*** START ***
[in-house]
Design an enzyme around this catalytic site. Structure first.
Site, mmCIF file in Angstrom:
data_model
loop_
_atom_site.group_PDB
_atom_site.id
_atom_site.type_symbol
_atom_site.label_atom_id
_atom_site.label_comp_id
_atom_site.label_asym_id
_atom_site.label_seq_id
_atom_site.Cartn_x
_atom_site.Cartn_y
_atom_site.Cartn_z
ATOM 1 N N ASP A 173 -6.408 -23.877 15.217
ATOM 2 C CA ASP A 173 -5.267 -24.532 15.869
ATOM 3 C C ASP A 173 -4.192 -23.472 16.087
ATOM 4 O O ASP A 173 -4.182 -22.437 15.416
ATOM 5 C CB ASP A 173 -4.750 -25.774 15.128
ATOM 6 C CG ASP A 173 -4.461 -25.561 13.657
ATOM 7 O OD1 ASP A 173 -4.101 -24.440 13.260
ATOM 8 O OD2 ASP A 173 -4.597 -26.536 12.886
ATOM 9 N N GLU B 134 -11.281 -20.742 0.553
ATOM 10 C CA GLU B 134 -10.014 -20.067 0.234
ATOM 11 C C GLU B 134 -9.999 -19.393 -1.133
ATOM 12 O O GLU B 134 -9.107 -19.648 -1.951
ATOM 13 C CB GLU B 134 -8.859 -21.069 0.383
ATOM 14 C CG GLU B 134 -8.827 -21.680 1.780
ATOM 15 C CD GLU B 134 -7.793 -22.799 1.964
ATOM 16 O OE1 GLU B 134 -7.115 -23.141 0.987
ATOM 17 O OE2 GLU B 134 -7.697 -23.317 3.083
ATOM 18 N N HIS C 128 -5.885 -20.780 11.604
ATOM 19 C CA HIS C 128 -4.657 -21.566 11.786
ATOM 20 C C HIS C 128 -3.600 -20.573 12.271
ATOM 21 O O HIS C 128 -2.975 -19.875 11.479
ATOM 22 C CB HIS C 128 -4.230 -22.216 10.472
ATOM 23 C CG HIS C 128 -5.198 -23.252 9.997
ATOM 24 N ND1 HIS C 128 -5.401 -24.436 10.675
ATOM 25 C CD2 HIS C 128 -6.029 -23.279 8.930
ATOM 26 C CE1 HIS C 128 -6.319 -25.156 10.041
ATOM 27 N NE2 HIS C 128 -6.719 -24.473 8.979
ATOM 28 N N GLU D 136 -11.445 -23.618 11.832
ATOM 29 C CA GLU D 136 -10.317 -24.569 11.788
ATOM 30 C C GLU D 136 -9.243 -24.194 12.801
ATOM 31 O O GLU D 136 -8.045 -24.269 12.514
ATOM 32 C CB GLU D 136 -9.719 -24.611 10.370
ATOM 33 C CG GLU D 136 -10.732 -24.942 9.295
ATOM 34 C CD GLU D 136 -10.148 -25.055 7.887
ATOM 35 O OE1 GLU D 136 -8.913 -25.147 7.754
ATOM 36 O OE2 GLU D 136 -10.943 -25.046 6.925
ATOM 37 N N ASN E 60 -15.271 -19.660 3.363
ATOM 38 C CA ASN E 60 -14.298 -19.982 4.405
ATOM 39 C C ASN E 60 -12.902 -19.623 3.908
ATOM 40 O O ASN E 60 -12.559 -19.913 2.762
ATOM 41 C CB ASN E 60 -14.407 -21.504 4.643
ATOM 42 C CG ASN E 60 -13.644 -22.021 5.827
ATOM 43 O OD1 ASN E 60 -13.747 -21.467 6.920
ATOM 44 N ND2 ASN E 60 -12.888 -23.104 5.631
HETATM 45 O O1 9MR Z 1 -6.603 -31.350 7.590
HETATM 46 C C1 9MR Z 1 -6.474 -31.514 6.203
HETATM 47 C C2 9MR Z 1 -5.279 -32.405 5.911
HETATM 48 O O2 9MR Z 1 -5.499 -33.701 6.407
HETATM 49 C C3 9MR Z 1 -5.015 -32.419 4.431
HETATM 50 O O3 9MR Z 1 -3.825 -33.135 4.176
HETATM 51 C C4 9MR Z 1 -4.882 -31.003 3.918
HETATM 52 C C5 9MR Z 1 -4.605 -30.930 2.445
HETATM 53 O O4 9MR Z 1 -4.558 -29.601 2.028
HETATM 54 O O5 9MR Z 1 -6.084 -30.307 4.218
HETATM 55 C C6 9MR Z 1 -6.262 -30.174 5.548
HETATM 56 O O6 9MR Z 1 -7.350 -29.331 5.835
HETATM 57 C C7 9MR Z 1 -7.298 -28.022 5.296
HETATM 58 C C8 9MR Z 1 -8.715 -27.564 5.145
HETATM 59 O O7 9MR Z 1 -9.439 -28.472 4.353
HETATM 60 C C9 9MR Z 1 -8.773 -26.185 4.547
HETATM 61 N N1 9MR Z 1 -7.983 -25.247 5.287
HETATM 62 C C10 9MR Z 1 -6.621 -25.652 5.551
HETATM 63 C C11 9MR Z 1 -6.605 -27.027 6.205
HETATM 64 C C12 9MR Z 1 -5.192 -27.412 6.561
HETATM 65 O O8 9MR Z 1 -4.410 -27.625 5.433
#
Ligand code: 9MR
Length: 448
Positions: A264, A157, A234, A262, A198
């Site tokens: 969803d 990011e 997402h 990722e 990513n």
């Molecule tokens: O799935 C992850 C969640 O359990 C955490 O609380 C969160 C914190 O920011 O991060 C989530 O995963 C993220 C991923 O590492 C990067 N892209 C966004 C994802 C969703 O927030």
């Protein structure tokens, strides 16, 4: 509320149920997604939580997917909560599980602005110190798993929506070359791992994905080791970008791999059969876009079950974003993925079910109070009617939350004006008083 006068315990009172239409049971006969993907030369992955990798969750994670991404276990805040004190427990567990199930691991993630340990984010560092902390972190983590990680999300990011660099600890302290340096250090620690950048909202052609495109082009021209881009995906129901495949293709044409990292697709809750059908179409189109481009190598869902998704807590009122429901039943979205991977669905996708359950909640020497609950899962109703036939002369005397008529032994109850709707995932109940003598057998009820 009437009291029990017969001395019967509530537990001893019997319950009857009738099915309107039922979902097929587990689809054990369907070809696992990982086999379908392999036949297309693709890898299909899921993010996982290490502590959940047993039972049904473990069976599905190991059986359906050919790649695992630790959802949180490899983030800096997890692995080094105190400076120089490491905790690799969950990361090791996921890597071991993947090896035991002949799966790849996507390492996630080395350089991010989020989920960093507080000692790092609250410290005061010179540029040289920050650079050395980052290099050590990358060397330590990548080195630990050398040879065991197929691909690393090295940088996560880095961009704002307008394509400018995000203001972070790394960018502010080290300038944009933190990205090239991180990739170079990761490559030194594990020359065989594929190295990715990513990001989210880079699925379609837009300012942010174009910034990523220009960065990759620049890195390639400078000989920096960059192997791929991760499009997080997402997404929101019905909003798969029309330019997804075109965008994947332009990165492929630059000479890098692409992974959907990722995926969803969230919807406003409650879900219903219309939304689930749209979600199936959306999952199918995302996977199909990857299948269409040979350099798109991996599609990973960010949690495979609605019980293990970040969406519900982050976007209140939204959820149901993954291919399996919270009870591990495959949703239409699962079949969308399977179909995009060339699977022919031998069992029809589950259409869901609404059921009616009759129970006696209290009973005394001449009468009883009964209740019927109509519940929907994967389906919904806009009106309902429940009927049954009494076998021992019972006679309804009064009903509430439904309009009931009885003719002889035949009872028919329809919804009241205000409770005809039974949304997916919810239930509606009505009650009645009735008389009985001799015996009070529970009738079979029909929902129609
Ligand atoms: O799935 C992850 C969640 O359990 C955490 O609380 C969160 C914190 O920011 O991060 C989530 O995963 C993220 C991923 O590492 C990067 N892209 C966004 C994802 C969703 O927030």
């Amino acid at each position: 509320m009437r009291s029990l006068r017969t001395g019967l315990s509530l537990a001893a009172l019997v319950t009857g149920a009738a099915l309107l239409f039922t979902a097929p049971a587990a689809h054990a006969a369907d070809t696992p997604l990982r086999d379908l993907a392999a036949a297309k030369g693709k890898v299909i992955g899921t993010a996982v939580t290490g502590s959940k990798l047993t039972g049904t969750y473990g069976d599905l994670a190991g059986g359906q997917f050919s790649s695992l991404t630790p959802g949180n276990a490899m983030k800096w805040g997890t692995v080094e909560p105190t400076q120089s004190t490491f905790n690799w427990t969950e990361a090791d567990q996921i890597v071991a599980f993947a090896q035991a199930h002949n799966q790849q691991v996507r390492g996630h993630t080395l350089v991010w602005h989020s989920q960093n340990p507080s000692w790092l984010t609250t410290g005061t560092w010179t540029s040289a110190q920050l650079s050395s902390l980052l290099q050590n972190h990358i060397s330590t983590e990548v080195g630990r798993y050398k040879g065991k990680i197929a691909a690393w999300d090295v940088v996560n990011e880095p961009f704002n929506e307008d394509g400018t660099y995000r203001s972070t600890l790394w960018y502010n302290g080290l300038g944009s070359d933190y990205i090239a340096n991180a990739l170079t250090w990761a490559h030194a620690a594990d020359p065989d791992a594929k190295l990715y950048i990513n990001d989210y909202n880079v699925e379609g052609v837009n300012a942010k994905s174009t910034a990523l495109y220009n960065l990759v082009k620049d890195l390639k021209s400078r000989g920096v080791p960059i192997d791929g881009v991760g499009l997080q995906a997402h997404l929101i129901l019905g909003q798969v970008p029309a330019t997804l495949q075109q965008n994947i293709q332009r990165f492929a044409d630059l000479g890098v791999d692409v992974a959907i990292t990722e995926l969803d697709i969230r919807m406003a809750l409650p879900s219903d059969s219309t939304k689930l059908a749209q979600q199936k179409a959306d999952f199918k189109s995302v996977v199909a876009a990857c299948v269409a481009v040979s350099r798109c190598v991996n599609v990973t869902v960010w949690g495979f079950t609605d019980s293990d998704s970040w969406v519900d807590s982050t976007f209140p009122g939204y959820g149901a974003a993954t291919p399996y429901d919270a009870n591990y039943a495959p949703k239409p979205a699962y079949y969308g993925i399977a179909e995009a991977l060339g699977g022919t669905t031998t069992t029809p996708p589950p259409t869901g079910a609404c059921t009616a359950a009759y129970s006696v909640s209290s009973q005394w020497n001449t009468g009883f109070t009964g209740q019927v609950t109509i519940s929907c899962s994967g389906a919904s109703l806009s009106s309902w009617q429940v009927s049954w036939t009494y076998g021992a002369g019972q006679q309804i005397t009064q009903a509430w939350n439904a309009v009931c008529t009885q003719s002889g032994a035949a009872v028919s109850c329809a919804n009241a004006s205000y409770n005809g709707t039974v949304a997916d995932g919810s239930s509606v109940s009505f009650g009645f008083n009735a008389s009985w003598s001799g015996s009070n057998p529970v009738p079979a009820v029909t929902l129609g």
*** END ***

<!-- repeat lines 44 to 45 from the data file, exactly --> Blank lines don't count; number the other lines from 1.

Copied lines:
ATOM 29 C CA GLU D 136 -10.317 -24.569 11.788
ATOM 30 C C GLU D 136 -9.243 -24.194 12.801